Global currency war is raging, and while that helps U.S. tourists overseas, it's not so hot for U.S. corporate earnings or the economy as a whole.
"We are in a midst of an ugly contest to see whether the eurozone, Japan or Canada can depreciate the most against the U.S. dollar, and China is probably next," Campbell Harvey, a finance professor at Duke University and a past guest on Newsmax TV, said in response to the latest Duke University/CFO Magazine Global Business Outlook Survey
"U.S. exporters are being punished by these competitive depreciations, and this will lead to lower profits and less employment."
The dollar has soared to multi-year highs against a range of currencies in recent weeks. A rising dollar hurts U.S. companies by making their exports more expensive in foreign currency terms and reducing the value of their foreign revenue when translated into dollars.
Many companies have recently cited the dollar's ascent as a depressant on earnings.
"Foreign exchange is now a substantial headwind for us," John Kritzmacher, CFO of book publisher John Wiley & Sons, said in an earnings call last week, The Wall Street Journal
Given that about 50 percent of the company's revenue is earned overseas, "our results are adversely impacted by a strengthening dollar, particularly with respect to the euro and the British pound." The euro slumped to a 12-year low against the dollar last week.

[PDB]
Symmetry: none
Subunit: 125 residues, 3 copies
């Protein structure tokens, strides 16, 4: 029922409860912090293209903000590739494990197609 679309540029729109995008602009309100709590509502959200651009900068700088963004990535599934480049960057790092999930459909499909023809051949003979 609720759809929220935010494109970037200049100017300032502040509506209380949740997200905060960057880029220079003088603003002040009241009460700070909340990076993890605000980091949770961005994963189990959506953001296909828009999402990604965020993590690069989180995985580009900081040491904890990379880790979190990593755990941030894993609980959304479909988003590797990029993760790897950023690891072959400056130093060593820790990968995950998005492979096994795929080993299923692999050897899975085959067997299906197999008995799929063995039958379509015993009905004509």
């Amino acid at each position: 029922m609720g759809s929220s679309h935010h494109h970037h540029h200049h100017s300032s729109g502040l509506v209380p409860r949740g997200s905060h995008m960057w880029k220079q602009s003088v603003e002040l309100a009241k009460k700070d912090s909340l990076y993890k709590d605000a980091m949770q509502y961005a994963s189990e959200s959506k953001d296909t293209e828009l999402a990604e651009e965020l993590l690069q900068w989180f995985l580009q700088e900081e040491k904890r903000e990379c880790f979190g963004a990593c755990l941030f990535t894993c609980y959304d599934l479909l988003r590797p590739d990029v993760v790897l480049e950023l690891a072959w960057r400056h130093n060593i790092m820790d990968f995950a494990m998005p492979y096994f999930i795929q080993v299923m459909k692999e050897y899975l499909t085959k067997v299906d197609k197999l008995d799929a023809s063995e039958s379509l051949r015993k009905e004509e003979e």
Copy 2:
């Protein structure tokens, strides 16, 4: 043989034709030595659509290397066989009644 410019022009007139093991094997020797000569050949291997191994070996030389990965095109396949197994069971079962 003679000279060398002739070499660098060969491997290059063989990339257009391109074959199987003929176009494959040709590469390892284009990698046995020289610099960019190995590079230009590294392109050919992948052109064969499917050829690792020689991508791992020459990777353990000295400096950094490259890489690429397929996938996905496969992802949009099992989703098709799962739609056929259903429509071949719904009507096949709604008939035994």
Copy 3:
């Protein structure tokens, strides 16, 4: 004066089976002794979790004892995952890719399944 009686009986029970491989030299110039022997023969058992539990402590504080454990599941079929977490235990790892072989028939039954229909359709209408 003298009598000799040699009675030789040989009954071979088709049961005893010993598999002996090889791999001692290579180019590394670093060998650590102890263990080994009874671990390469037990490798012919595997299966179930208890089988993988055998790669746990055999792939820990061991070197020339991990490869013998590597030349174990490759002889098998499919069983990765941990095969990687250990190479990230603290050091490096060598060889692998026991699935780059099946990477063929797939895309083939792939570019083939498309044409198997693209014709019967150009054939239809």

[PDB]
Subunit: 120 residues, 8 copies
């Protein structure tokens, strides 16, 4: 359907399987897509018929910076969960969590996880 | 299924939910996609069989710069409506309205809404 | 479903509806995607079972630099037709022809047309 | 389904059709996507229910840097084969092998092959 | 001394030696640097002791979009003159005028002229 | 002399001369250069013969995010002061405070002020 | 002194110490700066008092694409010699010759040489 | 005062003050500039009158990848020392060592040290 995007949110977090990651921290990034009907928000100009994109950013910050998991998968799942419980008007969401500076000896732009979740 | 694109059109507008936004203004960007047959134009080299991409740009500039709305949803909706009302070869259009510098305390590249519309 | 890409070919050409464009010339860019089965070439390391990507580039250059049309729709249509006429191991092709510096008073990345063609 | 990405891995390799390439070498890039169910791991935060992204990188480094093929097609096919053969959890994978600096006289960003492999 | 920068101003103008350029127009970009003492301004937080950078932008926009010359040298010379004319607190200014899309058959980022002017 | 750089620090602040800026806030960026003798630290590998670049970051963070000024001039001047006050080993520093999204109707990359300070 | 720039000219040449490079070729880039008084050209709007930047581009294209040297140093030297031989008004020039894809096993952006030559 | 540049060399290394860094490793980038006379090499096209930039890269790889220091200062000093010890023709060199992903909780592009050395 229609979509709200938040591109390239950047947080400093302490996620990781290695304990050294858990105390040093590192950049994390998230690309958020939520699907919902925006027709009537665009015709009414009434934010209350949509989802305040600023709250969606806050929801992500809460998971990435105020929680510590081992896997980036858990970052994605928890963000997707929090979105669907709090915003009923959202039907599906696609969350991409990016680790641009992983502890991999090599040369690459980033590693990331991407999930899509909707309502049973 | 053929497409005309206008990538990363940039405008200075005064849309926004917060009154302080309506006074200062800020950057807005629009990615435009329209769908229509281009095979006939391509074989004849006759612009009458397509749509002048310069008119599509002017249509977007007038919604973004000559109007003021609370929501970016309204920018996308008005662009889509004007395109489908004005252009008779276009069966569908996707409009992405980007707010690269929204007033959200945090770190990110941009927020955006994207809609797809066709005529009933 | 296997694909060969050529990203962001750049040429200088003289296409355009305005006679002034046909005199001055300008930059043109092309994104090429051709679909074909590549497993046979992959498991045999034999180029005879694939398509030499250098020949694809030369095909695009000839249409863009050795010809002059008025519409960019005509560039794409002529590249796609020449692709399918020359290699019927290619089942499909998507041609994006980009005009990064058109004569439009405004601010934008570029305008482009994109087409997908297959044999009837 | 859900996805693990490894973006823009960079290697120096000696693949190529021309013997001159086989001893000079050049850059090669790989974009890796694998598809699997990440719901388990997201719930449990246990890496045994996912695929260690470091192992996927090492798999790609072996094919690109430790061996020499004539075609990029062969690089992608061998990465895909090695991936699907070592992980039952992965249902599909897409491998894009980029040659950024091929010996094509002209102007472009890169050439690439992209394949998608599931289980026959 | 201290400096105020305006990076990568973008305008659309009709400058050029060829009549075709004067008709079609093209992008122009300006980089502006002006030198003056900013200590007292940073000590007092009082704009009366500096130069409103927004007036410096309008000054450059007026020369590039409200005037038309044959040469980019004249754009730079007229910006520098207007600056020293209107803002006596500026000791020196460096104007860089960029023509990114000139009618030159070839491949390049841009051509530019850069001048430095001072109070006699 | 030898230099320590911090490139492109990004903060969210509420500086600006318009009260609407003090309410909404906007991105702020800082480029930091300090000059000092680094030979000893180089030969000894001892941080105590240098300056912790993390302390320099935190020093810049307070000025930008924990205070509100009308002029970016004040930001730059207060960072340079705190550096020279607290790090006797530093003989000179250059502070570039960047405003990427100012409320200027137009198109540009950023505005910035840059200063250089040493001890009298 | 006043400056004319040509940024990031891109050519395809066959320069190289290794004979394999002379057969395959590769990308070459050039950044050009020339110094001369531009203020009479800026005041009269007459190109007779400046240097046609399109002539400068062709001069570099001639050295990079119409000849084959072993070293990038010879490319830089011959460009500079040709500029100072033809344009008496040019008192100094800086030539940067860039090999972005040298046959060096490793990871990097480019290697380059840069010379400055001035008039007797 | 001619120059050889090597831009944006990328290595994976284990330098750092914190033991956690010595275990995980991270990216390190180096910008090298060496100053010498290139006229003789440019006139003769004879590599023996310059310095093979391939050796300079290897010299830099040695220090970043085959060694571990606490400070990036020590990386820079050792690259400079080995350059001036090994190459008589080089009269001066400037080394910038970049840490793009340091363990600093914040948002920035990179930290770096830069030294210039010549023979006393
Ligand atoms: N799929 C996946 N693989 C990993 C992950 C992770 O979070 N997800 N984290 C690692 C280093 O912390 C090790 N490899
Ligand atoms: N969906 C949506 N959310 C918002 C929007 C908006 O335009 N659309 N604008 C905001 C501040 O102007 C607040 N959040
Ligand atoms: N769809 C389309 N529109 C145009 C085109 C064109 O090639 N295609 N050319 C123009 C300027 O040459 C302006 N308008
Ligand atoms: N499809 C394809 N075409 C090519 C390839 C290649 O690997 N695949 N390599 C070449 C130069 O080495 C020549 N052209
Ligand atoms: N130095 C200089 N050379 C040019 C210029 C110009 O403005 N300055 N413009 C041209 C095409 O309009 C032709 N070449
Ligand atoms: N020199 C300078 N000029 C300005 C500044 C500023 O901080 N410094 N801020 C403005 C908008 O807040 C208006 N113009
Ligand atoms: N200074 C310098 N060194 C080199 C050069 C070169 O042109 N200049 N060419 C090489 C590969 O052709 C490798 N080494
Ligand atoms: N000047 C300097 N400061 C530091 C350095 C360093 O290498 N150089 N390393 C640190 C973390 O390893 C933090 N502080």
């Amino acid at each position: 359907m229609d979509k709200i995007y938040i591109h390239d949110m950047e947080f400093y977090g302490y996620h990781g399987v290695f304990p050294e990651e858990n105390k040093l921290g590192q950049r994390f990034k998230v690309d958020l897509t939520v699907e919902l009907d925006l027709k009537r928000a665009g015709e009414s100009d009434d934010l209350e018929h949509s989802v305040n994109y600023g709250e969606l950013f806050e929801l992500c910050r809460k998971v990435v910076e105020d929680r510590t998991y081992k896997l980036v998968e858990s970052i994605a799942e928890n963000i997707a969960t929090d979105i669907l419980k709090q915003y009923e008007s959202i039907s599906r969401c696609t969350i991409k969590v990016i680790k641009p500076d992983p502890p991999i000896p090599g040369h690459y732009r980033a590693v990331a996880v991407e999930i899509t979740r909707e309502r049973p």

The dollar's rise also is deflationary for the U.S. economy, as it lowers the price of our imports in dollar terms.
The surging greenback has led economists surveyed by The Journal
to project economic growth of just 2.3 percent for this quarter, barely an improvement from 2.2 percent in the fourth quarter.
Meanwhile, the pool of dollars overseas has exploded, thanks to $9 trillion of outstanding borrowings by foreign entities.
That $9 trillion doesn't have "the protection of a lender-of-last-resort [the Federal Reserve] able to issue unlimited dollars in extremis," he noted. "The result [of the dollar pool] is that the world credit system is acutely sensitive to any shift by the Fed."
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